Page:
I remember the sound of yelling and dishes breaking. I remember my friend crying, afraid of the passion two people had for one another being turned sideways in the kitchen downstairs. Finally, Jack left... took off in Nancy's beautiful two-toned (blue and silver) 280ZX to go take out his anger on a transmission and some mountain roads. I remember Nancy coming upstairs speaking this nugget I have lived: "They say God protects drunks and fools. Let's pray tonight that's true." Then she went back downstairs to begin cleaning up that which had been broken... the beginnings, I realize now, of the restoration of a love so great that it even transcends death.
But my most vivid memory... the moment I've hidden in my heart, but treasure more and more, was Jack's return. I remember bracing, worried there would be more fighting. More chaos. I remember my mom telling me earlier that day that I could call, and they would come get me. I was definitely considering that possibility as I heard him come back into the house, and then up the stairs to where we were, Jason and I.
To be honest, I was genuinely afraid.
He came over and sat down on the couch between us, and with each of his big, strong arms, pulled us closer to him. He kissed his son, apologized, and whispered his love for him and his mother once again in his ear. He asked for forgiveness, which the son granted. And then, he spoke to me:
"I'm sorry Bryan. I'm sorry you had to see all of this. Moms and Dads get angry at one another sometimes. Isn't that true?" I nodded my head, not knowing how "true" that statement would be for another 30 years. "But we never stop loving one another, so don't worry. Don't be afraid. You are like Jason's brother, like my own son, and I don't want you to ever be afraid of coming here. Are you OK, cause if you are scared I can take you home."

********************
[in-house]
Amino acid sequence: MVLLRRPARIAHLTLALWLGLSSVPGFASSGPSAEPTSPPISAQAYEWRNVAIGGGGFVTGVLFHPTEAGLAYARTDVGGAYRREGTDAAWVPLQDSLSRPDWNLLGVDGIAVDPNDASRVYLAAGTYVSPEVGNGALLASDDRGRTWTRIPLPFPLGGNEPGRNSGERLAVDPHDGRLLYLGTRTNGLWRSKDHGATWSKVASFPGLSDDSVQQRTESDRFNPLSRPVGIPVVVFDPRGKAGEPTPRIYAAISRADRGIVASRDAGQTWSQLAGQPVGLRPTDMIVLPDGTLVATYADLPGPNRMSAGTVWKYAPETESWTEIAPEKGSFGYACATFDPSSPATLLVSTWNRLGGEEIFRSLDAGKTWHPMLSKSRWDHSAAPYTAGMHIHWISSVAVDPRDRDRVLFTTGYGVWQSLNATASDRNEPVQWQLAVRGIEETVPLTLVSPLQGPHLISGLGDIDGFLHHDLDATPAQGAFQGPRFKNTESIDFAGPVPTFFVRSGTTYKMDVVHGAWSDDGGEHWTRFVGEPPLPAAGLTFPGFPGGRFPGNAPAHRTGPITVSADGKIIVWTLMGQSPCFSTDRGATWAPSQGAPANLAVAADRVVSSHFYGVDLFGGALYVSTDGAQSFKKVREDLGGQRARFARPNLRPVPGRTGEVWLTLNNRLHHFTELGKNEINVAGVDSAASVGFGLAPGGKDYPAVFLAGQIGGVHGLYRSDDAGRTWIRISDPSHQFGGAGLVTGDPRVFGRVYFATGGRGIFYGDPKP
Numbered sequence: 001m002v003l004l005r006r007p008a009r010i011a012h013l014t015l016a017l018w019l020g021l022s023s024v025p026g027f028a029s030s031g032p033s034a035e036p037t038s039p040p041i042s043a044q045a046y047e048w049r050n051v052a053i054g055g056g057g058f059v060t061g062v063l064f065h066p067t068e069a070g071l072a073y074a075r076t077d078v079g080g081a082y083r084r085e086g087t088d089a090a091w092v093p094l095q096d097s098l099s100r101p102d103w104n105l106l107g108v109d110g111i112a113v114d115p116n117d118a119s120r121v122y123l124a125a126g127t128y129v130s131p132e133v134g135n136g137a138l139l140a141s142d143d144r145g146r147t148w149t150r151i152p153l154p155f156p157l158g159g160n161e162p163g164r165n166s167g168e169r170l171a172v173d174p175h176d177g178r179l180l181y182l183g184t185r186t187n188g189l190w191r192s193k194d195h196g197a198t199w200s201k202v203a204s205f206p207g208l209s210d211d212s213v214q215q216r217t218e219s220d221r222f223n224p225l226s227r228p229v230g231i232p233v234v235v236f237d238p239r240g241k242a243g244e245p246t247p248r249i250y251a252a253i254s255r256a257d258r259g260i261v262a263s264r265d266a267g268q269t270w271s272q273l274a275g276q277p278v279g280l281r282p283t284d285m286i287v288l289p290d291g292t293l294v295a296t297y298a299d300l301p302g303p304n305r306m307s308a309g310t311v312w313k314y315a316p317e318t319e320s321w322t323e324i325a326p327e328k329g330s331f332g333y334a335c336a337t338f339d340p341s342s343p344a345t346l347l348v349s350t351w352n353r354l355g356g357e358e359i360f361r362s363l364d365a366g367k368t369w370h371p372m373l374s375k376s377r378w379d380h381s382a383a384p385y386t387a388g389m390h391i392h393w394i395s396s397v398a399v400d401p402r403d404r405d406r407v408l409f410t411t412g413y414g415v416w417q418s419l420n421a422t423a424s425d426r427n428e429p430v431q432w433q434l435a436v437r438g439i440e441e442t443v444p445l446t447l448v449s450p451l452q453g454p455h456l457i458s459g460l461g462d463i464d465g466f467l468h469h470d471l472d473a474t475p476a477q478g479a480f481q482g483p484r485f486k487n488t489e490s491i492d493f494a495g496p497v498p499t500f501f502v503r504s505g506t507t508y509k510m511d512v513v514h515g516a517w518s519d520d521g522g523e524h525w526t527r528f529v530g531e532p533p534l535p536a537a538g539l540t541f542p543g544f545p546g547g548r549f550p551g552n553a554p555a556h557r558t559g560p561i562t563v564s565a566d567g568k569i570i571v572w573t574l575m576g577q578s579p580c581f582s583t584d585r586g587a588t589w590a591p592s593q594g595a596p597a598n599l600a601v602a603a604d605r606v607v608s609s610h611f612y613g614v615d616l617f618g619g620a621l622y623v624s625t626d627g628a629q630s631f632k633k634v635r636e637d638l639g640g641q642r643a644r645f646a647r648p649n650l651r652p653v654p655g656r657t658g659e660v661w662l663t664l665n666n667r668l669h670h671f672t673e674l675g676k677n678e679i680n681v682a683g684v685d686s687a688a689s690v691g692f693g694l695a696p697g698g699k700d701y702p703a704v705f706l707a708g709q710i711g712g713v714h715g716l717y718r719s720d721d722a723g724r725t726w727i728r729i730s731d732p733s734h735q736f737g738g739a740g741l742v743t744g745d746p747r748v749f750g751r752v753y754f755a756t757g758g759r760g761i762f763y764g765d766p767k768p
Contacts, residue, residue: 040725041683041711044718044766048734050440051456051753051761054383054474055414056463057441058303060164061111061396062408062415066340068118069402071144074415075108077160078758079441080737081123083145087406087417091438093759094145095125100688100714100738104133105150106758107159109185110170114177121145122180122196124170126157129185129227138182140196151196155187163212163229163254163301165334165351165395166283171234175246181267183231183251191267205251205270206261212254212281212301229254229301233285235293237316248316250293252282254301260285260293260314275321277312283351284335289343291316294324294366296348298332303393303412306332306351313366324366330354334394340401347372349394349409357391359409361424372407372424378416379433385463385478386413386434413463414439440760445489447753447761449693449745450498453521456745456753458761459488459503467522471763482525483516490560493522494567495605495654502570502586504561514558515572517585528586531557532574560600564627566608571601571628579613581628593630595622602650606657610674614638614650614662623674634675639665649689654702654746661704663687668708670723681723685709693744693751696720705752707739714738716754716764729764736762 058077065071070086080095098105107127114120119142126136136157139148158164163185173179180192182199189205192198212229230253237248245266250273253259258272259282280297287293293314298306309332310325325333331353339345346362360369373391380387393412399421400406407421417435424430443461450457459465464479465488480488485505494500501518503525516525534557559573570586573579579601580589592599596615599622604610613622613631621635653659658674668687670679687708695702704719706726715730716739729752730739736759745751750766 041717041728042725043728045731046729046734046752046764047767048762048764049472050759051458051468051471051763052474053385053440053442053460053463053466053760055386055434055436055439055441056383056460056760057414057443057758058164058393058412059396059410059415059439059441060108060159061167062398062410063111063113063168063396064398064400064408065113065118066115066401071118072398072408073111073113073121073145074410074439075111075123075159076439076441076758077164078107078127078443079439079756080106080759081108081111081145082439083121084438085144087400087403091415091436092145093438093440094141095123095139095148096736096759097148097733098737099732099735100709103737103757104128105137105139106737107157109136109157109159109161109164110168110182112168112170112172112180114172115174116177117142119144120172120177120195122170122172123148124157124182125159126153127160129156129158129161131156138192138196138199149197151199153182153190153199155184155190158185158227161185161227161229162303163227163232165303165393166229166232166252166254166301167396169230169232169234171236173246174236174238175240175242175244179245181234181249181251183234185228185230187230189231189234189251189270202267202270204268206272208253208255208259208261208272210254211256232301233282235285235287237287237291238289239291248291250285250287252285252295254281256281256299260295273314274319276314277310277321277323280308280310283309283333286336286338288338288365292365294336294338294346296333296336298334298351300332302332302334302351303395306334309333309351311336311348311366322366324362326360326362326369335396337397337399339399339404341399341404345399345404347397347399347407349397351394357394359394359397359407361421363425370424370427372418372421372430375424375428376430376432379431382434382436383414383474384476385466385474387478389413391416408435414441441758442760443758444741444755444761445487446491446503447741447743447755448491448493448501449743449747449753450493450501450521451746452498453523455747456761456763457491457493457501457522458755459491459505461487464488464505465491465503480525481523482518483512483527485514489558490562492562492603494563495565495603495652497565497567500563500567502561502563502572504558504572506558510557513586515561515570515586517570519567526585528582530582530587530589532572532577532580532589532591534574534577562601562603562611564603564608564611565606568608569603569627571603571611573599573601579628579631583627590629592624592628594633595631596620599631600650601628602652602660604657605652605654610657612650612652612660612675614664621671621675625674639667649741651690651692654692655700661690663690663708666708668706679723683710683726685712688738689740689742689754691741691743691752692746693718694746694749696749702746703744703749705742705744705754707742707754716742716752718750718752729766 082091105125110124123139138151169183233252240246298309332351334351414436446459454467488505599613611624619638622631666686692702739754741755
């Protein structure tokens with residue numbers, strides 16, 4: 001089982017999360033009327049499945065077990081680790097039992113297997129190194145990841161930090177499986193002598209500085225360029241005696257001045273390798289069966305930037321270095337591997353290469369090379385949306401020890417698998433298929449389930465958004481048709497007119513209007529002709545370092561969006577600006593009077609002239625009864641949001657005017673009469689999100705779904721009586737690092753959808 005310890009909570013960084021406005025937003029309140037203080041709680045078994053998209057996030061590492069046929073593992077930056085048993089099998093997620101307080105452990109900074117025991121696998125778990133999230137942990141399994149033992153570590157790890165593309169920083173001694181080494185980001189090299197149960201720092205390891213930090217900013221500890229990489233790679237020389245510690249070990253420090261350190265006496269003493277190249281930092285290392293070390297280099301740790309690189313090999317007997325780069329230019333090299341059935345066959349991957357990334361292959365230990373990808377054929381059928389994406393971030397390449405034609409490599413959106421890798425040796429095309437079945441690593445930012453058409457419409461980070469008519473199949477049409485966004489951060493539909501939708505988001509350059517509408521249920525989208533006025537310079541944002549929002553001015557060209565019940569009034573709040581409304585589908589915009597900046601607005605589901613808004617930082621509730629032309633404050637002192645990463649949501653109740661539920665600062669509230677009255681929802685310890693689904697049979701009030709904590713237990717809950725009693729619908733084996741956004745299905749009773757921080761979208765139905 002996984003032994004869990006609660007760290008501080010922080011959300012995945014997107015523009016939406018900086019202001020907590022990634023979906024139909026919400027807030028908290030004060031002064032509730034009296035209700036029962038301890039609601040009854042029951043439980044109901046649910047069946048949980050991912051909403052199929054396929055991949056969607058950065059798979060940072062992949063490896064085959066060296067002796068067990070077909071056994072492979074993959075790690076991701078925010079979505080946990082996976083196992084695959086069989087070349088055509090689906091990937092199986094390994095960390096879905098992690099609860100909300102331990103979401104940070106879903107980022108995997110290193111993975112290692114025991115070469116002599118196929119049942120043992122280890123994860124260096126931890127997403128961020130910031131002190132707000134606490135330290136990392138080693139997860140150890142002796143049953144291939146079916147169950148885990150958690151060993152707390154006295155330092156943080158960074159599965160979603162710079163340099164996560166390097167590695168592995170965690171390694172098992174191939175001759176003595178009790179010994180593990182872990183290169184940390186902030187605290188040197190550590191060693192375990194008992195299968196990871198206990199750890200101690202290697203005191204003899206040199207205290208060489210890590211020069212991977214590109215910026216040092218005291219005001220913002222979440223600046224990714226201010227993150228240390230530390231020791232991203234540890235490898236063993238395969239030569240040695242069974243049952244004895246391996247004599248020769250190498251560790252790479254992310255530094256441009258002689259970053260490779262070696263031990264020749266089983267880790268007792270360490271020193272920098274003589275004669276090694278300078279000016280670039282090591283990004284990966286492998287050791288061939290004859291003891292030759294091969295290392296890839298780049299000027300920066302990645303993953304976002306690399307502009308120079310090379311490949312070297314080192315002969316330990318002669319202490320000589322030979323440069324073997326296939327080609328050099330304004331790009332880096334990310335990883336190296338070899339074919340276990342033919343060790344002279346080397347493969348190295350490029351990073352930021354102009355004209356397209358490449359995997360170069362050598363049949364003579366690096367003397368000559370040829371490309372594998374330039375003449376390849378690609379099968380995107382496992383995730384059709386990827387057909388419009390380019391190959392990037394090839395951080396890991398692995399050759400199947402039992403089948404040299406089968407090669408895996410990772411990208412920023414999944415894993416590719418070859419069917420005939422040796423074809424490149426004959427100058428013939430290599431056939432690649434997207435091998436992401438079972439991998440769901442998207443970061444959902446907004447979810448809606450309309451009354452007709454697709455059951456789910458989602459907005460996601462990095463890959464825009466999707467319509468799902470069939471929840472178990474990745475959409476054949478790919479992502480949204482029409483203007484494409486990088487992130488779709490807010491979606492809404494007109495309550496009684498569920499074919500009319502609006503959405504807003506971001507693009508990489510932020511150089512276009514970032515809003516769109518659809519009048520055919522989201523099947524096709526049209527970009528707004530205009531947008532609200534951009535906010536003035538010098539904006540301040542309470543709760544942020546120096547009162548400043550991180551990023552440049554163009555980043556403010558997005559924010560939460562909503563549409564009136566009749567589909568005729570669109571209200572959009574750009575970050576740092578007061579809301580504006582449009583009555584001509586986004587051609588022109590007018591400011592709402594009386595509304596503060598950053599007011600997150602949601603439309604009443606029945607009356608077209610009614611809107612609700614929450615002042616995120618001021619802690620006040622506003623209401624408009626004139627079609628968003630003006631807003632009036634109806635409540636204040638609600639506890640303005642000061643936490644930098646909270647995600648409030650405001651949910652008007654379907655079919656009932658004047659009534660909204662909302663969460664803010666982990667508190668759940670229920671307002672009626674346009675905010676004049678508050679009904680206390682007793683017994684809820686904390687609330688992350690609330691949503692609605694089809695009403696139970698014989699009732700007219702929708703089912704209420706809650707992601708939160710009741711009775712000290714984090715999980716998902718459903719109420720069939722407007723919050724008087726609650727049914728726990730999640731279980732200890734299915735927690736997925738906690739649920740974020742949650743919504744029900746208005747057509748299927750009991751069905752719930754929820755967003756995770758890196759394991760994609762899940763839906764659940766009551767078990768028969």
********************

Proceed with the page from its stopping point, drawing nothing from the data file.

Nope. That'll be fine. I'll just stay right here.
Jack is gone now. I was there at the funeral, a witness to the greatness of an ordinary man humble enough to ask forgiveness of a seven-year old boy. Mom told me that Nancy is fighting cancer, a seven-year battle being waged so she can see her grandchildren, who still live next door on the land George Washington gave the family, grow up and become the next chapter of the mountain story. A battle waged out of a passion to tell that story to a beloved husband as it continues to unfold. A passion that probably still comes out sideways sometimes, but is redeemed so powerfully that a man struggling to read about inter-cultural communication, sheds a tear, and thanks God for that moment, a lesson learned, and attempts to play it out again and again in the story he now finds himself in.
"Blessed are the peacemakers, for they will be called the children of God." Words uttered on the side of a mountain, and lived out in a mountain story.